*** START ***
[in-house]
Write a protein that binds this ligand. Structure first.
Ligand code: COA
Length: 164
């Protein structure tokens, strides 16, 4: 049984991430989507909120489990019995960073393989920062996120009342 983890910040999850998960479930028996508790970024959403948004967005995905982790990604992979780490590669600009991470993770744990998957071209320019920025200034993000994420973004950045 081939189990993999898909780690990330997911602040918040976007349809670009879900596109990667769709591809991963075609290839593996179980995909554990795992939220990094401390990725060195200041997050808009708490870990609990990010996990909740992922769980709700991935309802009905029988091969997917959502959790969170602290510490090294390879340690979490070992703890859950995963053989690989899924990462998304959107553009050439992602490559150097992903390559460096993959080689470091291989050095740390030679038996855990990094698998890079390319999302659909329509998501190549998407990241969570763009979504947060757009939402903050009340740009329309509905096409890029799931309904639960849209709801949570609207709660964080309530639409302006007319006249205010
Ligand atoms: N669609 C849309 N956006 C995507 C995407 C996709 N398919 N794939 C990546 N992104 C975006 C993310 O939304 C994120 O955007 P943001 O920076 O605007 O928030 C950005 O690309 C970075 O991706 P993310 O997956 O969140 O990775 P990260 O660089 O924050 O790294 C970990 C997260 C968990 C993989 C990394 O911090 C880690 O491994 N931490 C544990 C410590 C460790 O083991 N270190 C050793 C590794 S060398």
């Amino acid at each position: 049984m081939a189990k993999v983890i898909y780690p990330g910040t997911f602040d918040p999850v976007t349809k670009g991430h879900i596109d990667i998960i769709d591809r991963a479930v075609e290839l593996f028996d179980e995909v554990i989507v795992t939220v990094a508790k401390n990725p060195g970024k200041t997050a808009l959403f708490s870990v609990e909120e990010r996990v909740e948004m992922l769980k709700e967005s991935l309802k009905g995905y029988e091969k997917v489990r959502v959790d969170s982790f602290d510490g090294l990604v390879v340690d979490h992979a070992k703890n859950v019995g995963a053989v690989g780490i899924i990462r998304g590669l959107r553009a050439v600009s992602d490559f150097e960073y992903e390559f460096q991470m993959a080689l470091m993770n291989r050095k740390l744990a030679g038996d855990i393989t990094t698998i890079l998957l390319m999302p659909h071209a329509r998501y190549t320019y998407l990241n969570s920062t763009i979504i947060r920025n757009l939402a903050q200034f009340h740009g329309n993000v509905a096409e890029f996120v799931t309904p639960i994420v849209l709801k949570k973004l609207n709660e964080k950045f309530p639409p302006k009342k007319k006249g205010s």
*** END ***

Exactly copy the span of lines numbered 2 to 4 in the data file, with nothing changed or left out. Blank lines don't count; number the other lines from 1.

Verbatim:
Write a protein that binds this ligand. Structure first.
Ligand code: COA
Length: 164